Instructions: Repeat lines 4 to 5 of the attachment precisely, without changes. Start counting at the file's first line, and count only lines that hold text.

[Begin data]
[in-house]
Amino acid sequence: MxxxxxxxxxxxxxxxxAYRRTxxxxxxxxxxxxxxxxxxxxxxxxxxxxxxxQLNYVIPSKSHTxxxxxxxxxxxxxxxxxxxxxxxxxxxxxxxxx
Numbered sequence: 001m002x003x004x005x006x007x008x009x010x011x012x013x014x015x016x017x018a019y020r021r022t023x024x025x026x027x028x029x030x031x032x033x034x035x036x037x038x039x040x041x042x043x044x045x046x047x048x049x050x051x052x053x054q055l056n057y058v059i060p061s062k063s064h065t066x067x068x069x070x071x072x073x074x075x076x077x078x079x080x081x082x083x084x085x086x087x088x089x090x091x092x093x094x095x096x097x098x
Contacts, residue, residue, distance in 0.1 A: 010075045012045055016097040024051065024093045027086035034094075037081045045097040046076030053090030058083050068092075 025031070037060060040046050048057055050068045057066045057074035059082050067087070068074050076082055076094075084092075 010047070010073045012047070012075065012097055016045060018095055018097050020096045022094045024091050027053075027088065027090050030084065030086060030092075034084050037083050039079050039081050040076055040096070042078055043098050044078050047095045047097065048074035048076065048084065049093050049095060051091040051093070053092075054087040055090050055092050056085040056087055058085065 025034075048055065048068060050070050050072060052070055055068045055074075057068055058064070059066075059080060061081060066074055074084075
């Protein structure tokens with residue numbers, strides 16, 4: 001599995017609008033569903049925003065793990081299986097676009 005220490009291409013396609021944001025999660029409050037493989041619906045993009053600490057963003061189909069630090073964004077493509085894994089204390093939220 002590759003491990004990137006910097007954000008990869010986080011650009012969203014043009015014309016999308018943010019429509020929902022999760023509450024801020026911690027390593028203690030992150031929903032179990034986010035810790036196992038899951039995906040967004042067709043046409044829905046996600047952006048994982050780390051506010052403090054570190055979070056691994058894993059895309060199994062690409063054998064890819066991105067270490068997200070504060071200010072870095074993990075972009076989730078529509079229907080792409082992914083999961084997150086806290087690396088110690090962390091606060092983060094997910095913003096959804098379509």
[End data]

Contacts, residue, residue, distance in 0.1 A: 010075045012045055016097040024051065024093045027086035034094075037081045045097040046076030053090030058083050068092075 025031070037060060040046050048057055050068045057066045057074035059082050067087070068074050076082055076094075084092075 010047070010073045012047070012075065012097055016045060018095055018097050020096045022094045024091050027053075027088065027090050030084065030086060030092075034084050037083050039079050039081050040076055040096070042078055043098050044078050047095045047097065048074035048076065048084065049093050049095060051091040051093070053092075054087040055090050055092050056085040056087055058085065 025034075048055065048068060050070050050072060052070055055068045055074075057068055058064070059066075059080060061081060066074055074084075
């Protein structure tokens with residue numbers, strides 16, 4: 001599995017609008033569903049925003065793990081299986097676009 005220490009291409013396609021944001025999660029409050037493989041619906045993009053600490057963003061189909069630090073964004077493509085894994089204390093939220 002590759003491990004990137006910097007954000008990869010986080011650009012969203014043009015014309016999308018943010019429509020929902022999760023509450024801020026911690027390593028203690030992150031929903032179990034986010035810790036196992038899951039995906040967004042067709043046409044829905046996600047952006048994982050780390051506010052403090054570190055979070056691994058894993059895309060199994062690409063054998064890819066991105067270490068997200070504060071200010072870095074993990075972009076989730078529509079229907080792409082992914083999961084997150086806290087690396088110690090962390091606060092983060094997910095913003096959804098379509």